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Celebrating Nursing Certification

By Julia Quinn-Szcesuil

  • Nursing Certification
  • Nurses Get Certified
  • If you’re thinking about a career that includes leadership roles, obtaining certification in one or more specialty areas will help you reach those goals. Becoming certified requires a commitment to life-long learning and to meeting the highest standards in the nursing profession—both qualities expected of nursing leaders.

    If you’ve been working in a nursing specialty for a few years, you already have an excellent grasp of the certification exam material and the preparation will enhance what you know. Taking this career-advancing step gives you advanced clinical knowledge and brings you closer to moving into a leadership role.

    “Certification represents that the nurse took their career to the next level,” says Charles “Wes” Foster, MSN, BA, RN, CMSRN OCN, president-elect of the Medical-Surgical Nursing Certification Board (MSNCB). “Employers want certified nurses, and being certified in many institutions advances you on the clinical ladder. Certified nurses are the experts on the latest information on patient care.”

    Nurses find they can take the additional skills that come with certification and apply them almost immediately with patients and peers. And, if your supervisors aren’t noticing your professional efforts and you’re thinking of a job change, certification is essential when you’re looking for a job with more responsibility or where you can make a real impact through advocating for policy changes in local organizations and at a national level.

    According to Crystal Lawson, DNP, RN, CENP, education director of the American Organization for Nursing Leadership, many organizations prefer or even require certification for leadership positions. The credential demonstrates a competency that reinforces professional credibility, and it frequently begins valuable professional growth. “Certified nurses are often members of a specialty nursing association, which connects them to a network of peers, mentorship, professional development, and leadership opportunities,” Lawson says. “Through achievement of certification, many nurses find themselves leading in shared governance, laying the foundation for future leadership roles.”

    Certification’s immediate benefits are obvious—you learn new standards and practices to provide the best care—and those skills can be used right away. Other benefits are less evident, but are equally important to augmenting your leadership abilities. Nurse leaders set an example by continually striving to improve themselves and their teams and also by demonstrating the motivation to do better. Their work as a role model is expected and frequently is inspiration for others working in the same unit. “Employers also love that the nurses are participating in unit-based practice councils and are making positive changes for health care delivery,” says Foster. “Certification demonstrates that the nurse has set the bar high for their performance, and they maintain that standard.” Some certifications even focus specifically on leadership qualities and skills, such as the Clinical Nurse Leader certification.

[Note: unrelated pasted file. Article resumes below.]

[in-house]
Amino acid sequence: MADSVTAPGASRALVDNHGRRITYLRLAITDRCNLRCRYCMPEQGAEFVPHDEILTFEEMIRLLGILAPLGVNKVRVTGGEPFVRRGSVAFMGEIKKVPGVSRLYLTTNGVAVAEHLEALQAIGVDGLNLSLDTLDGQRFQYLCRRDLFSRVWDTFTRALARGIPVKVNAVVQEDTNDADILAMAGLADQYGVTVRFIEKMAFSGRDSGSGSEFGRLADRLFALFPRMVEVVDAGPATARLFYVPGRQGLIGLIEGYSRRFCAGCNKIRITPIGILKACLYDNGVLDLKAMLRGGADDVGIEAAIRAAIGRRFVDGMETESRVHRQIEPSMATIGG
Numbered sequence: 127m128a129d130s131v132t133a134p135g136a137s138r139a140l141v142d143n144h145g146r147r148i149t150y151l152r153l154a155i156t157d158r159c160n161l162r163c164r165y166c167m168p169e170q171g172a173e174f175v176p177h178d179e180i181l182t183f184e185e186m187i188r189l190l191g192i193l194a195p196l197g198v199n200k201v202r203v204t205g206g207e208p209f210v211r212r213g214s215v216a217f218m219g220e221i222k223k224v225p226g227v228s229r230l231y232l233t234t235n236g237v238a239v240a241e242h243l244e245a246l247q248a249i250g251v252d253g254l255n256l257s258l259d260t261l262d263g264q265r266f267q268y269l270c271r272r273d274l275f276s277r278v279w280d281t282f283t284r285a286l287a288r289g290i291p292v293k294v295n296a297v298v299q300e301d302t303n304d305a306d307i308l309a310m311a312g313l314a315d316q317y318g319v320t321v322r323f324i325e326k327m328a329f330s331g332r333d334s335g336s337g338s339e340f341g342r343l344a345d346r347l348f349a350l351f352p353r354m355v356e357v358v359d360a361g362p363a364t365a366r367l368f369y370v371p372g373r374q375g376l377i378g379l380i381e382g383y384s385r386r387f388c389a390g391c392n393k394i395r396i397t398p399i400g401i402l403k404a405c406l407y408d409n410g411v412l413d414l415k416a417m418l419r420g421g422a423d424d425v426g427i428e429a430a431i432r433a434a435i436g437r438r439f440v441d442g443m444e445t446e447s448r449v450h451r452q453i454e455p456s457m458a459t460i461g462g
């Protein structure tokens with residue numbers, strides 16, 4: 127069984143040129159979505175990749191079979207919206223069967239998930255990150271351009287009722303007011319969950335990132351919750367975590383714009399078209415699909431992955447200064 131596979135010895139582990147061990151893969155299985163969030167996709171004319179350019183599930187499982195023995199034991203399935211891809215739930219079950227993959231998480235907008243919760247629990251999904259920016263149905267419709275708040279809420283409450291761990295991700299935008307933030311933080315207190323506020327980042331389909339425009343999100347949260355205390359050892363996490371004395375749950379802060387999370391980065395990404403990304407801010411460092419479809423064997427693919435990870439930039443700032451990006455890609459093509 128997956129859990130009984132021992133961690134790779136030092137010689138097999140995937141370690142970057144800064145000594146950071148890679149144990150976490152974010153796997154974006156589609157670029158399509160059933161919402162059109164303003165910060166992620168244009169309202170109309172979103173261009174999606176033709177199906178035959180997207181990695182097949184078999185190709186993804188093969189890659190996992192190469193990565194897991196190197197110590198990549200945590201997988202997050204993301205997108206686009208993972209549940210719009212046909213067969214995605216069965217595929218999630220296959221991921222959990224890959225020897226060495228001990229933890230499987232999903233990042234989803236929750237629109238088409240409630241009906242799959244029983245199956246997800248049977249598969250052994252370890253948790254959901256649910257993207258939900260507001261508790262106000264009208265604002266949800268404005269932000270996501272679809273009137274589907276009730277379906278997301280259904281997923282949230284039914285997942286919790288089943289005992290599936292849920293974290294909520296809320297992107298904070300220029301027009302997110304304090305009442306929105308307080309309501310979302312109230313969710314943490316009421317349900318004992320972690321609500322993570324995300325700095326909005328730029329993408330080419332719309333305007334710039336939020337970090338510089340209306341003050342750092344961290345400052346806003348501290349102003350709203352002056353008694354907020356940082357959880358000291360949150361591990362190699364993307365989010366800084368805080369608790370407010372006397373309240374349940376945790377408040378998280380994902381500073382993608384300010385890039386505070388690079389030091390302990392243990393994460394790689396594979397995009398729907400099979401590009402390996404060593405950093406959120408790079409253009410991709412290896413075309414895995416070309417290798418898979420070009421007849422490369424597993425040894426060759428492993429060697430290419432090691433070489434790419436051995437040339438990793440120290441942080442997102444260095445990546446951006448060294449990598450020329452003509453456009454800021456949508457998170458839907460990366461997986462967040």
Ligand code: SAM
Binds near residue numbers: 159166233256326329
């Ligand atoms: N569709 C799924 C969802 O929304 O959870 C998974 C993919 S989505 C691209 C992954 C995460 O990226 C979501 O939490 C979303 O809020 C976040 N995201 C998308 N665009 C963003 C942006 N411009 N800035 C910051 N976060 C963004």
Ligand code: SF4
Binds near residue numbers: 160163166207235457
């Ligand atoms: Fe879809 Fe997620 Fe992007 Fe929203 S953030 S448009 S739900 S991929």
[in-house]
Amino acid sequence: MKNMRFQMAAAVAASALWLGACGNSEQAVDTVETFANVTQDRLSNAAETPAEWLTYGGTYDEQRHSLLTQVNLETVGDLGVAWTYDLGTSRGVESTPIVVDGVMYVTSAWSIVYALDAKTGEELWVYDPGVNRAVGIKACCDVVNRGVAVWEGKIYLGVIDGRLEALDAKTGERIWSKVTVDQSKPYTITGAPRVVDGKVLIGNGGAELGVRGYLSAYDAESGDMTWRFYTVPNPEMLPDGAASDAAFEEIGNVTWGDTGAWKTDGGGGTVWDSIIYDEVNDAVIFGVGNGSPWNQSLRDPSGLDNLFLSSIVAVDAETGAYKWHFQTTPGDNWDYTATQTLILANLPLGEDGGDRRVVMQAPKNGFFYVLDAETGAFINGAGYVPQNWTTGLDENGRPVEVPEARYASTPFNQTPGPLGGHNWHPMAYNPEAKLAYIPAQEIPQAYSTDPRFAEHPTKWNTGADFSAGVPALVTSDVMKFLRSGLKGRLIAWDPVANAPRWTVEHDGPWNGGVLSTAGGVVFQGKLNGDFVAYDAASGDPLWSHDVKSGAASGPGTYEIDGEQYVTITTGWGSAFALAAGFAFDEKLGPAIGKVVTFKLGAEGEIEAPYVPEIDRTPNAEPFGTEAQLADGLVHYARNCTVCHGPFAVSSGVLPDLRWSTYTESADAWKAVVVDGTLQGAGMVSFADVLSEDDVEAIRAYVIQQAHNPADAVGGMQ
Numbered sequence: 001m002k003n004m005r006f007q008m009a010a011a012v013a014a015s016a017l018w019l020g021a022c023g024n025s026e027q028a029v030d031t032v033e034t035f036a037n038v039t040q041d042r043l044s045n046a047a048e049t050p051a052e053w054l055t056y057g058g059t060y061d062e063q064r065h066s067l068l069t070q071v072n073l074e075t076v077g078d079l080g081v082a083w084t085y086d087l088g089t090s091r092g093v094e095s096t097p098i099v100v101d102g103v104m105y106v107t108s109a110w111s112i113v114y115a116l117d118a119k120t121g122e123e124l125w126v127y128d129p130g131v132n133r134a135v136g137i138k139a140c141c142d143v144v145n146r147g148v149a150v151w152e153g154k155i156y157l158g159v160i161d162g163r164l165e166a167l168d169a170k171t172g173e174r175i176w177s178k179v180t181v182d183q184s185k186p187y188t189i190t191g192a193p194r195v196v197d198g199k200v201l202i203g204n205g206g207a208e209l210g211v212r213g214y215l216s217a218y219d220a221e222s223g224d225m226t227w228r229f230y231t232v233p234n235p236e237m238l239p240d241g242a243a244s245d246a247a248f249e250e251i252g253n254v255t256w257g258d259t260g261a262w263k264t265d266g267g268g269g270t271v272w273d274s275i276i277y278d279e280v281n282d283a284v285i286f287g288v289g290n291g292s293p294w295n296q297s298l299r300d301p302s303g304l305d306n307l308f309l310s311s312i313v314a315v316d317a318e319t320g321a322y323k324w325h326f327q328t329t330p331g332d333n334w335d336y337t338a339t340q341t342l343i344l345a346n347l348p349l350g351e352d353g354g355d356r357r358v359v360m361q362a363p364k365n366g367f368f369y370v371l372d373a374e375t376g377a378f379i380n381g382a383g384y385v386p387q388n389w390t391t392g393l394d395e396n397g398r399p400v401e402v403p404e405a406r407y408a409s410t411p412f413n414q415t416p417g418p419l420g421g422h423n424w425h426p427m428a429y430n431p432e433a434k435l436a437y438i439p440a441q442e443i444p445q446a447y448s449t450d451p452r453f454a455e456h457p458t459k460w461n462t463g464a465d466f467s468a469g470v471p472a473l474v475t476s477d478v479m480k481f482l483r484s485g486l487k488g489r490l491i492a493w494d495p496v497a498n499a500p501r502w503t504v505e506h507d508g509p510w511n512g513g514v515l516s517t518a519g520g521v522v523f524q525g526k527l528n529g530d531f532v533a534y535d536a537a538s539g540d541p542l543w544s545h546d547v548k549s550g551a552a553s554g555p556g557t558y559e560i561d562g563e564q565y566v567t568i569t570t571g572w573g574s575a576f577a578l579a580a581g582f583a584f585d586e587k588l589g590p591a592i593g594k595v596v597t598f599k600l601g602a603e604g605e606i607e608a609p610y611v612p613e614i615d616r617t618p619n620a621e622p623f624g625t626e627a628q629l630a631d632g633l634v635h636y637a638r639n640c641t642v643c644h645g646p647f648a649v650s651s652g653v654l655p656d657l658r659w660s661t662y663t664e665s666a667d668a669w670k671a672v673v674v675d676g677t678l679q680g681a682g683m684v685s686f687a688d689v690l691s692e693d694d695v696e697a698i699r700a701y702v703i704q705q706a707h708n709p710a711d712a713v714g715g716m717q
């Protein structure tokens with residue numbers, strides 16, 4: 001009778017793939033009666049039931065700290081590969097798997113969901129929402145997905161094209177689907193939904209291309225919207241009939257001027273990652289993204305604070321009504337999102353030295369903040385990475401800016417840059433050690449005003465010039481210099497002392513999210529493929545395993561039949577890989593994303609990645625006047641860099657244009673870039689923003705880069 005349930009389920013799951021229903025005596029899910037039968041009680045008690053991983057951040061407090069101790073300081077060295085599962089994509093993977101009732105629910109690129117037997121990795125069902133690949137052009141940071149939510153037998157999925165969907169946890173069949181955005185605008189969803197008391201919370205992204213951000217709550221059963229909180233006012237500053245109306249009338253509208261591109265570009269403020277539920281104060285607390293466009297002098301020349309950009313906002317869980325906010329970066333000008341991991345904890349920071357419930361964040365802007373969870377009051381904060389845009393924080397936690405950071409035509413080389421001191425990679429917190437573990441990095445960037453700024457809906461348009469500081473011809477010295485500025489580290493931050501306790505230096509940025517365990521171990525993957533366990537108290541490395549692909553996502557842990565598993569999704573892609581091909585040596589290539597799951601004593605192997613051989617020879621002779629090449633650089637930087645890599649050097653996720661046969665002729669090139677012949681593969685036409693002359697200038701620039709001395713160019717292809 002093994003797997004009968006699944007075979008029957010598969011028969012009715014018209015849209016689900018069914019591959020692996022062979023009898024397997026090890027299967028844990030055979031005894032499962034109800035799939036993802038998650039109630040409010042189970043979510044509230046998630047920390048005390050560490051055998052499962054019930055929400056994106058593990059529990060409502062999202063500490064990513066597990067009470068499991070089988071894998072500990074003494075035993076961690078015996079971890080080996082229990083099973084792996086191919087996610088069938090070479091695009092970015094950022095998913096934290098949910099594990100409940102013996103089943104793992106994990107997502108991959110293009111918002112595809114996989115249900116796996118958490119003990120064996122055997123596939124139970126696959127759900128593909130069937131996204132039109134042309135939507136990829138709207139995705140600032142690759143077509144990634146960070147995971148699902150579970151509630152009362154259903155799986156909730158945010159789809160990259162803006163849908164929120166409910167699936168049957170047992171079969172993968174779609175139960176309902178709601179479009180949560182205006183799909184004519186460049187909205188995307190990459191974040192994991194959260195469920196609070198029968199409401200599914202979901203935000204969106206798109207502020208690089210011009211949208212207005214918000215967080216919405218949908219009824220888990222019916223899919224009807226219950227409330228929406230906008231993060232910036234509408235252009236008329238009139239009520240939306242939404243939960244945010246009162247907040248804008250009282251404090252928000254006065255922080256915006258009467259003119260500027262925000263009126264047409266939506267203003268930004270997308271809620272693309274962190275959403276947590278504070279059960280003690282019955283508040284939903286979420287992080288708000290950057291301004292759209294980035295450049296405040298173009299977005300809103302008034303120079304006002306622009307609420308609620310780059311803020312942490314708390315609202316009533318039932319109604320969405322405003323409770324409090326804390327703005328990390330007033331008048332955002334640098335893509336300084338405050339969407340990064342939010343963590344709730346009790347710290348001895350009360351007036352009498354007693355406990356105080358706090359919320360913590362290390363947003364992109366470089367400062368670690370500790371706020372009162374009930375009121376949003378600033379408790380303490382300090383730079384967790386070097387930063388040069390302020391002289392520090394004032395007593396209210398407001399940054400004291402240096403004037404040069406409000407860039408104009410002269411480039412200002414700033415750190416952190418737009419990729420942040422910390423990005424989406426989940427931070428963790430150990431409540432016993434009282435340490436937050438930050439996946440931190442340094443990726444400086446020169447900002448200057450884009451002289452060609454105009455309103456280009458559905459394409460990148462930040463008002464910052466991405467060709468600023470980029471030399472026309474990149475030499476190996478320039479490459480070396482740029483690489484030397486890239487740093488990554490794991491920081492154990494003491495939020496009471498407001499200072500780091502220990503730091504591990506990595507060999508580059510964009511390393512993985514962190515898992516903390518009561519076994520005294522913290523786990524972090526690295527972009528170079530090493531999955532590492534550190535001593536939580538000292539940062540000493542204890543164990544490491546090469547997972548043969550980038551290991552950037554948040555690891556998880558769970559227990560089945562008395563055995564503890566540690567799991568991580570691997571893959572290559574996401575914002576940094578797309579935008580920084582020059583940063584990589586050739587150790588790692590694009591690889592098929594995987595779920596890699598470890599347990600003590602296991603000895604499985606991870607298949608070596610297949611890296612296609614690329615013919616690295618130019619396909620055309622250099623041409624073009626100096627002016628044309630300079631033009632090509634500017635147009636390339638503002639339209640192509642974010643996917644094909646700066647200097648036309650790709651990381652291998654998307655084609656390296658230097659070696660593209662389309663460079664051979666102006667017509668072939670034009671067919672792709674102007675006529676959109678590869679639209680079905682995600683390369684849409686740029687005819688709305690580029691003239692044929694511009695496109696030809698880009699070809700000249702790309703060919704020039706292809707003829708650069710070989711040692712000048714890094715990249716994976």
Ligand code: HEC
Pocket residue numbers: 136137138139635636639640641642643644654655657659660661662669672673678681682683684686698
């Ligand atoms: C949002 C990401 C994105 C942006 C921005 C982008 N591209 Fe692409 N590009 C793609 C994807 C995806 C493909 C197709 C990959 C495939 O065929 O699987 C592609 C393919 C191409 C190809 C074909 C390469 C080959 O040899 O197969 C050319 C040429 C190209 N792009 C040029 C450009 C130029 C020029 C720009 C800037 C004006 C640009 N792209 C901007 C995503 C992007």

Your certification status shows you have the ambition to do better and to become a better nurse and your peers take notice. “Being a certified nurse also helps in formal leader roles,” says Foster. “Leaders are looked upon as experts in the field and being certified supports that the nurse has expertise in their area.” Once you achieve that credential, you can help others nurses who have questions about how to prepare for the exam or how to use their new skills.

    Many nurses report anxiety as a barrier to pursuing certification, and Foster has words of wisdom. “You’re the expert in your field,” he says. “You know this stuff. It’s stuff you would see on a daily basis—it’s not something you saw in school and then forgot about.” And for nurses concerned about how not passing could impact their career trajectory, Foster has a simple solution. “I didn’t tell anyone when I took my test,” he says. “If I failed it, the only one who knew was me.” And, he says, if you don’t pass, the result is like a guide for how to prepare for the next time you take it.

    Career advancement and leadership are excellent motivators for taking on the additional work toward certification. It’s often contagious when nurses see peers succeed because they see how the credential improves outcomes for their patients. “I know of organizations that do see that their patient satisfaction scores are higher on units where most of the clinical nurses are certified,” says Foster.

    Lawson found her certification revealed unexpected opportunities in her own career. “Earning certification in my clinical specialty led me to participate in a professional development program, which was the catalyst to my involvement in professional governance and council leadership,” she says. “These experiences sharpened my leadership competencies. Soon after, I found my passion in nursing leadership and career advancement into formal leadership positions. Achieving my first certification was the spark to my leadership journey.”

    By Julia Quinn-Szcesuil 

    Julia Quinn-Szcesuil is a freelance writer based in Bolton, Massachusetts.